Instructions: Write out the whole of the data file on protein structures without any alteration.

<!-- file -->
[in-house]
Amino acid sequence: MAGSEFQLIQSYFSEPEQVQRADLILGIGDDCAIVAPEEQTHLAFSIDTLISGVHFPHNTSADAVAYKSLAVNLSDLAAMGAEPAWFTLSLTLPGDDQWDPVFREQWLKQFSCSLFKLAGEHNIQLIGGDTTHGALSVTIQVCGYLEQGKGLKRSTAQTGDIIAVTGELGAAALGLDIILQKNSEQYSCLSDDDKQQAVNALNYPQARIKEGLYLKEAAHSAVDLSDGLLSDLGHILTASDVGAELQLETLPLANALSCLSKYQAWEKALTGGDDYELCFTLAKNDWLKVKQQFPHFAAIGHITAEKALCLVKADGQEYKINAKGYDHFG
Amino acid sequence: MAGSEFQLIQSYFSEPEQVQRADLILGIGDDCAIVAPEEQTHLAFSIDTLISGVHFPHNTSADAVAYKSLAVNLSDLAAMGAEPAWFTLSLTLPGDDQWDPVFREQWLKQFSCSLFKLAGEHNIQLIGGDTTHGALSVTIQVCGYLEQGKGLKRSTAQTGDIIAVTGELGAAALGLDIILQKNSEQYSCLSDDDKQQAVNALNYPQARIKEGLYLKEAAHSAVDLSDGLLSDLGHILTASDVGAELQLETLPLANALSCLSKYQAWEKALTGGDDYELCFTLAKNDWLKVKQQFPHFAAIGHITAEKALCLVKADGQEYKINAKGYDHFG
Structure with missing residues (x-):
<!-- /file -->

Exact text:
[in-house]
Amino acid sequence: MAGSEFQLIQSYFSEPEQVQRADLILGIGDDCAIVAPEEQTHLAFSIDTLISGVHFPHNTSADAVAYKSLAVNLSDLAAMGAEPAWFTLSLTLPGDDQWDPVFREQWLKQFSCSLFKLAGEHNIQLIGGDTTHGALSVTIQVCGYLEQGKGLKRSTAQTGDIIAVTGELGAAALGLDIILQKNSEQYSCLSDDDKQQAVNALNYPQARIKEGLYLKEAAHSAVDLSDGLLSDLGHILTASDVGAELQLETLPLANALSCLSKYQAWEKALTGGDDYELCFTLAKNDWLKVKQQFPHFAAIGHITAEKALCLVKADGQEYKINAKGYDHFG
Amino acid sequence: MAGSEFQLIQSYFSEPEQVQRADLILGIGDDCAIVAPEEQTHLAFSIDTLISGVHFPHNTSADAVAYKSLAVNLSDLAAMGAEPAWFTLSLTLPGDDQWDPVFREQWLKQFSCSLFKLAGEHNIQLIGGDTTHGALSVTIQVCGYLEQGKGLKRSTAQTGDIIAVTGELGAAALGLDIILQKNSEQYSCLSDDDKQQAVNALNYPQARIKEGLYLKEAAHSAVDLSDGLLSDLGHILTASDVGAELQLETLPLANALSCLSKYQAWEKALTGGDDYELCFTLAKNDWLKVKQQFPHFAAIGHITAEKALCLVKADGQEYKINAKGYDHFG
Structure with missing residues (x-):